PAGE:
Warren talks Big Ten Diversity, Equity, and Inclusion Initiatives
In his opening statement, Warren noted that the Big Ten is currently searching for a vice president of women’s basketball. He added that the league will fill the position before the 2021-22 women’s basketball season begins.
Warren said that 52 percent of the Big Ten Network’s live programming this year pertained to women’s sports.
Warren also expressed his pleasure in seeing four of the Big Ten’s five head coaching vacancies in men’s and women’s basketball filled by people of color.
Five women and three Black men are now participants on the conference’s Council of Presidents and Chancellors, per Warren.
“You will rarely, if ever, hear me use the word minority,” Warren said. “I think we’re all majority and important together. I am also a big believer in diversity, equity, and inclusion. The more diverse we can become from a thought process, from gender, from sexual orientation, from religious beliefs, from color, the better we are.”
Warren discusses College Football Playoff Expansion
With talk of College Football Playoff expansion growing louder across the NCAA, rumors of a new 12-team postseason format have surfaced. According to the New York Times, College Football Playoff Expansion seems inevitable. CBS Sports, on the other hand, has reported that postseason expansion is “on shaky ground” because the NCAA’s various conferences have struggled to get on the same page.
Warren addressed playoff expansion Thursday, noting there are still a lot of hurdles to get over before a 12-team playoff becomes a reality.
“We’ve had some incredibly productive meetings over these last couple months,” Warren said. “We were in Dallas two weeks ago, in Chicago last week. We will be convening again in October to continually work through the issues, to figure out is the 12-team playoff the proper number, what’s the right timing, all the different issues we have to look at. How do we make sure our student-athletes still are afforded the opportunity to get their education taken care of, the calendar, winterization of our stadium, the media issues.”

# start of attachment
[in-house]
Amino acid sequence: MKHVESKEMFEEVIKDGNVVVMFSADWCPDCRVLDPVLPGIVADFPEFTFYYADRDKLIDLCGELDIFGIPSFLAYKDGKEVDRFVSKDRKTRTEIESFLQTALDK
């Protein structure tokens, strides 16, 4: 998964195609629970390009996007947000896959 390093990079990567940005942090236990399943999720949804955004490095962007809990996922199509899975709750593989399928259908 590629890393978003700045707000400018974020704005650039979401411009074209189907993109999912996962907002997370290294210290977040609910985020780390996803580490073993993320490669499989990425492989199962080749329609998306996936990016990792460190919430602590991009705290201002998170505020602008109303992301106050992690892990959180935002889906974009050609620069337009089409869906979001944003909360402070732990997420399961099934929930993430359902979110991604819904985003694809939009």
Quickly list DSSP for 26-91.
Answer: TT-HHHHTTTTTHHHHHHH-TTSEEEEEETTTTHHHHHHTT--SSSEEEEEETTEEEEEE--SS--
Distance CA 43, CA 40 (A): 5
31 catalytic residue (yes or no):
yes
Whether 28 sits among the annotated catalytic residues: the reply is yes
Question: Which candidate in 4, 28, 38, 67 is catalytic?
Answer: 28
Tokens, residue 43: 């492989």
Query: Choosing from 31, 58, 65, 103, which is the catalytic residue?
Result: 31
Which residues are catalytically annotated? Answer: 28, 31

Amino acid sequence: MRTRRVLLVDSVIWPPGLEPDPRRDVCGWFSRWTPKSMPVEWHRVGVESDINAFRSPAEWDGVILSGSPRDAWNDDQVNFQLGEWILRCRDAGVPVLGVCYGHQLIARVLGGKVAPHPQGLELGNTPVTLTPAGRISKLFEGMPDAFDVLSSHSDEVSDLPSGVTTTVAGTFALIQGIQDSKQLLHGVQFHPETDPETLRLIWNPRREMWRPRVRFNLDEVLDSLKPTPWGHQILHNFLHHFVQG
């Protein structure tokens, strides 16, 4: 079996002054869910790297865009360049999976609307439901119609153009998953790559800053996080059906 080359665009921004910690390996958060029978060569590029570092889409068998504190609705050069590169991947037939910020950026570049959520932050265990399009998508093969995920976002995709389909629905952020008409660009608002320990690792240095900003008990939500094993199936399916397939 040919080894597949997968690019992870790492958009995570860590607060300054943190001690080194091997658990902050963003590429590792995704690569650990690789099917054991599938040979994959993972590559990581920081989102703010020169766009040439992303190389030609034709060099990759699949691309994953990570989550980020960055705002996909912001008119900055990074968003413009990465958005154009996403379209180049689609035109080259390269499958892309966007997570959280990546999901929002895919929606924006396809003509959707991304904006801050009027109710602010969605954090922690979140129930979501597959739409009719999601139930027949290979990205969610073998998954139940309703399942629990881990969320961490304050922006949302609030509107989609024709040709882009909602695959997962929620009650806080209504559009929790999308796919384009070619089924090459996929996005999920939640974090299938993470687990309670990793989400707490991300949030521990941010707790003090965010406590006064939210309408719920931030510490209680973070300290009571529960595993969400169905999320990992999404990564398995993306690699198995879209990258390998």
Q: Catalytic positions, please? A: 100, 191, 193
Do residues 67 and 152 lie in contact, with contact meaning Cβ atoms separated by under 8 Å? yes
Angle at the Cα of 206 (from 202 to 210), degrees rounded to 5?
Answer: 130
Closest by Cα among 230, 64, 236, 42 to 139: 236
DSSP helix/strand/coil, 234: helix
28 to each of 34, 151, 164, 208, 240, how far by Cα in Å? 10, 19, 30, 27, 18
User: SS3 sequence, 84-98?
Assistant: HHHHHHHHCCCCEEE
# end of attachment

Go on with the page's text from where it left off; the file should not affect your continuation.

“It’s really important that we keep our student-athletes at the center of our decision-making process,” Warren added. “Do what’s right by them, do what’s right by our fans, by college athletics, and make this decision in a methodical manner at the right time for the right reasons.”
Warren says basketball plays a role in conference realignment
In July, Texas and Oklahoma announced they’d be leaving the Big 12 Conference for the Southeastern Conference when their current media contracts expire in 2025.
The Big 12 responded to Texas and Oklahoma’s actions by agreeing to add Cincinnati, BYU, UCF, and Houston to the league’s lineup of teams no later than 2025.
With teams on the move and Power Five conferences expanding, Warren believes basketball should play a role in league realignment.
“Basketball plays an important role,” Warren said. “It’s a very popular sport . . . [It’s] a big component from a kind of conference structure, realignment standpoint.”